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Canada finds first trade surplus of 2011

Published by Steve Coleman on November 10, 2011

Canada has posted its first trade surplus since January.

Merchandise exports grew 4.2 per cent in September, while imports fell 0.3 per cent. The change was enough to move the country's trade balance from a $487 million deficit in August to a $1.2 billion surplus in September.

Statistics Canada says total exports rose $39.7 billion in September, the highest export mark since October 2008. Prices increased 3.9 per cent in September, the main reason for the higher dollar value. Volumes were up just 0.3 per cent.

Canadians were also buying less as imports decreased to $38.5 billion, volumes fell 3.1per cent and prices increased 2.8 per cent.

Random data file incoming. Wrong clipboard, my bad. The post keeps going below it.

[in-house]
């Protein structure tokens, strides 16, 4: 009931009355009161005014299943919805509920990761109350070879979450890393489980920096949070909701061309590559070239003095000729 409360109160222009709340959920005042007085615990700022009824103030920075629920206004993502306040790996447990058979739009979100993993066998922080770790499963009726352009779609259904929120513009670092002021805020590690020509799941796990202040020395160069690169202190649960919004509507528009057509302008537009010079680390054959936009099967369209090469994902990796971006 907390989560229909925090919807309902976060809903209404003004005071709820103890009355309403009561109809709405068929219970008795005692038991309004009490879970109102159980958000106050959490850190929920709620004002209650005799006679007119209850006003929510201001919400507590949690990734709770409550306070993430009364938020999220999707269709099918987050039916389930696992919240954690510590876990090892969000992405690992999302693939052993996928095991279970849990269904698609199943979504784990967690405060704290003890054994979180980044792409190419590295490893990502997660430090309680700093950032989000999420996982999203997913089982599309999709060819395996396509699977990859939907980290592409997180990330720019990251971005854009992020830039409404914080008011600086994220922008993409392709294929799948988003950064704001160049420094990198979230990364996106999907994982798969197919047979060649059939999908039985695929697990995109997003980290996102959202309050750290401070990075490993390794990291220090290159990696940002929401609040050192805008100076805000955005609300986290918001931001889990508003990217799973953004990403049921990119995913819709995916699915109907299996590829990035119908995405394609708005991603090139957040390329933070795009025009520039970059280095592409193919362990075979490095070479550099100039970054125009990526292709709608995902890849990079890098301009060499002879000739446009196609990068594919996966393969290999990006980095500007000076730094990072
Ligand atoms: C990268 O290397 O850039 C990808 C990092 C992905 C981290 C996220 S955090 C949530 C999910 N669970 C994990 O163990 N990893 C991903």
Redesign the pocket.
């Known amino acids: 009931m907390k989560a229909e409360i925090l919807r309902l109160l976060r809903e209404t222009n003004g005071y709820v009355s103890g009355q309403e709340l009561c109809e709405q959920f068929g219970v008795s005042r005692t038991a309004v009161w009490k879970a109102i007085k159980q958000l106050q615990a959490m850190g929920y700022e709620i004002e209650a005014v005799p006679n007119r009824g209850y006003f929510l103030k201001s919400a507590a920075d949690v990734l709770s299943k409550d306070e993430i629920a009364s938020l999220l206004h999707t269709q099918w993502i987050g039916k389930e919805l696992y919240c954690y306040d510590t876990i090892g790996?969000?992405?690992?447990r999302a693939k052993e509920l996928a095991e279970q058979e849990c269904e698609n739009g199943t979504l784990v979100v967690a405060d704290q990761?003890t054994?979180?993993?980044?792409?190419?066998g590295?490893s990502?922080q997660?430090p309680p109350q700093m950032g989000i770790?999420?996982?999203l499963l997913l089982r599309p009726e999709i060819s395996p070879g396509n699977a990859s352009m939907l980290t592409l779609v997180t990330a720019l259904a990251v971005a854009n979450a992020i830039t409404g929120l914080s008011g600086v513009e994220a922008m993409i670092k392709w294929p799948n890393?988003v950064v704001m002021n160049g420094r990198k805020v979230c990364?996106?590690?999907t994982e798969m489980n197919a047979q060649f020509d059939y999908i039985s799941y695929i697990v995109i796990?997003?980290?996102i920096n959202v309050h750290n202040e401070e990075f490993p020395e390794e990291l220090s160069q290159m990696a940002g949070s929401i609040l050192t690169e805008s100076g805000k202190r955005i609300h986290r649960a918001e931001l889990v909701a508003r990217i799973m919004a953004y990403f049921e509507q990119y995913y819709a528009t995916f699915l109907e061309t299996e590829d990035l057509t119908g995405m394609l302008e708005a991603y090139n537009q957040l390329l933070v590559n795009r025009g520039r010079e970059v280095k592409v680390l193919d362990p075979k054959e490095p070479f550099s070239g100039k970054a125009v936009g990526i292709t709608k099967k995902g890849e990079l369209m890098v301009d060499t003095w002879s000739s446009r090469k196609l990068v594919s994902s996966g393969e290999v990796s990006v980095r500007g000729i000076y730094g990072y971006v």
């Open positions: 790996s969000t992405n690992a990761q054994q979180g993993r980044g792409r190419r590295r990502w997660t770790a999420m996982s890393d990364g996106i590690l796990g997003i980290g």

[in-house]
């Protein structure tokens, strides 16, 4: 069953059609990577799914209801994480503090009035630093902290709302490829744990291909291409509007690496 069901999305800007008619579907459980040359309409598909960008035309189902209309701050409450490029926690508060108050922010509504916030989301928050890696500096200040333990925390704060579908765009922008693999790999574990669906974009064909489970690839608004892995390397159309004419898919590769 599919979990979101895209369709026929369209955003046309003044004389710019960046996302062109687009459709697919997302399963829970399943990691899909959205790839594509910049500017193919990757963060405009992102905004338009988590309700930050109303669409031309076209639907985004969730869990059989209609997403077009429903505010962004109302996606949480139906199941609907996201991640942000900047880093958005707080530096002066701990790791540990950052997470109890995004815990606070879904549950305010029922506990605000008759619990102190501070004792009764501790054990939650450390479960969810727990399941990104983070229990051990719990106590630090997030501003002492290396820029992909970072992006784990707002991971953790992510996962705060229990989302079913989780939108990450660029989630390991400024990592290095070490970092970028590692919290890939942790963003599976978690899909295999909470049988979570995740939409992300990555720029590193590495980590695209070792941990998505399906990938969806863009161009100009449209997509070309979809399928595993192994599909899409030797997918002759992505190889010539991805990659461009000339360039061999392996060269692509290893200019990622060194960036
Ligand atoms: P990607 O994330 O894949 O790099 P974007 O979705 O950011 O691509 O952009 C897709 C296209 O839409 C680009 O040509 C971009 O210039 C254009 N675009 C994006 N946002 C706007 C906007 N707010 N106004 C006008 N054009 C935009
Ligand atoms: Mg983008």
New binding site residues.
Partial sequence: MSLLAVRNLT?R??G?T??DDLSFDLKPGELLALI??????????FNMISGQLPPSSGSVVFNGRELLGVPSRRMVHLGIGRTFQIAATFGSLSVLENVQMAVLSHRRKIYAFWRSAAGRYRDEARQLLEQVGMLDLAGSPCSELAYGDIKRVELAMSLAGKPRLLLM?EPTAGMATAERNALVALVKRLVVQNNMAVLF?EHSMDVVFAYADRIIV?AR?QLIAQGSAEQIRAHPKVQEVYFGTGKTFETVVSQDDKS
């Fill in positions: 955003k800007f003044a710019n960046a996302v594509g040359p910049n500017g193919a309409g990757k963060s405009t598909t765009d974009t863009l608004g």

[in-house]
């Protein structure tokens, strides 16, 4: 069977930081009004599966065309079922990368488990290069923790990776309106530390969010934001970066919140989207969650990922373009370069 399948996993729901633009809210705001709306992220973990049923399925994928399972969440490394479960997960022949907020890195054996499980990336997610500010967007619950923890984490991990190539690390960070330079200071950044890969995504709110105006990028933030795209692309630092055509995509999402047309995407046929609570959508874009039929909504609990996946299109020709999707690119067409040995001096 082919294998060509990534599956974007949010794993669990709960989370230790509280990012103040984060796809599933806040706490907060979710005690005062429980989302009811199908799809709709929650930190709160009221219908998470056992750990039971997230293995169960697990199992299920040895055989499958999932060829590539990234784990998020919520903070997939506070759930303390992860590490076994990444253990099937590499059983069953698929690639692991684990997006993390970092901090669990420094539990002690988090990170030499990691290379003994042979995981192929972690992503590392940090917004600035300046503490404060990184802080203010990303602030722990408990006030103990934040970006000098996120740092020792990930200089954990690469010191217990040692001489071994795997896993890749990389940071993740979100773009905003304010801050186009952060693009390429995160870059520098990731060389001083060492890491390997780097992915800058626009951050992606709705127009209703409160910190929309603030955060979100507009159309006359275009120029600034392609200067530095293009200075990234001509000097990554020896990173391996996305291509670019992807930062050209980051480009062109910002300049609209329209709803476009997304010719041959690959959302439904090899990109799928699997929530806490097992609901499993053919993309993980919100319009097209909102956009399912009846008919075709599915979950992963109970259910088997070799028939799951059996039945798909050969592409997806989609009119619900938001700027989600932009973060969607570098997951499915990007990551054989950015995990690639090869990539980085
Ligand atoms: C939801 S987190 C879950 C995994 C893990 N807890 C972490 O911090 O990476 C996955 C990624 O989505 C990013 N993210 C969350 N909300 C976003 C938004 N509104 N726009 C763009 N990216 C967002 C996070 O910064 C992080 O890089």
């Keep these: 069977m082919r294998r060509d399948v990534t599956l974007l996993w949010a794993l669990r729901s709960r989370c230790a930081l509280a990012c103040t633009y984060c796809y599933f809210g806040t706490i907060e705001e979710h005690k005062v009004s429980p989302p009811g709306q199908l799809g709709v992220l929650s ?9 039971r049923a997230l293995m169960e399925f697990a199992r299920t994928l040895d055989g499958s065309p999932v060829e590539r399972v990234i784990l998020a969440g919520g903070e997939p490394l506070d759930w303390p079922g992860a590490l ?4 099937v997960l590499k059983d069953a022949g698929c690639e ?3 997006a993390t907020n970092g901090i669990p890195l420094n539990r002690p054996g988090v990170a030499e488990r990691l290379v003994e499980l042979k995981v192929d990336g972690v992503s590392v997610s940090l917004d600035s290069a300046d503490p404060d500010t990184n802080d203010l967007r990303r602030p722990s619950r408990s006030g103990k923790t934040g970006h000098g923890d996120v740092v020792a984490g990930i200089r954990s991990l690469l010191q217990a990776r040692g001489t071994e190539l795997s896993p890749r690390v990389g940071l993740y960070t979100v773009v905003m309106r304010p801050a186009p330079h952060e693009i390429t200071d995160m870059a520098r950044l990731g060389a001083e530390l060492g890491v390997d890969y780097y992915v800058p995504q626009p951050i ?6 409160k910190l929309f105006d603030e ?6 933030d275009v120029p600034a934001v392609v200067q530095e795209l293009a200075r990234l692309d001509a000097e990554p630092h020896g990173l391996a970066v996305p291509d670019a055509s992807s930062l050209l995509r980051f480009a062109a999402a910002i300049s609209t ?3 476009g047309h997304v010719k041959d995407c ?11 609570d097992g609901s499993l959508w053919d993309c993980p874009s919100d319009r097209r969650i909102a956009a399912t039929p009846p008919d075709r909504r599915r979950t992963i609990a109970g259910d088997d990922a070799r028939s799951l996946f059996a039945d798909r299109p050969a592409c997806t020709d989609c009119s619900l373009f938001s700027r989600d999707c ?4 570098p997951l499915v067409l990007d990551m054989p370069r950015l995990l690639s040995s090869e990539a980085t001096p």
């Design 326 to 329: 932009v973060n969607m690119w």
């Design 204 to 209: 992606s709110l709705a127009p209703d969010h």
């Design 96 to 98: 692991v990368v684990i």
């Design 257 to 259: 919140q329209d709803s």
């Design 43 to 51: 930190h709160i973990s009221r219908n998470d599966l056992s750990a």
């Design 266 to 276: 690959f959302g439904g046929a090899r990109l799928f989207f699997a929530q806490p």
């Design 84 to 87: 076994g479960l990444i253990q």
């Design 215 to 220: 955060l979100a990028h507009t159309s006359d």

The US economy took an upswing, too, helping Canadian exports. At the same time Canadian goods found their highest levels since October 2008, exports to the US rose an even five percentage points to $28.2 billion. It was the highest value for Canadian goods since January 2011.

Imports from the United States decreased one per cent to $23.8 billion.

Canada's trade surplus with the United States rose from $2.8 billion in August to $4.4 billion in September.

Exports to countries besides the United States blossomed 2.3 per cent to $11.5 billion, the fifth-straight increase. Imports from the rest of the world rose 0.7 per cent to $14.7 billion.

As a result, the trade deficit with countries other than the United States fell from $3.3 billion in August to $3.1 billion in September, the lowest level so far this year.

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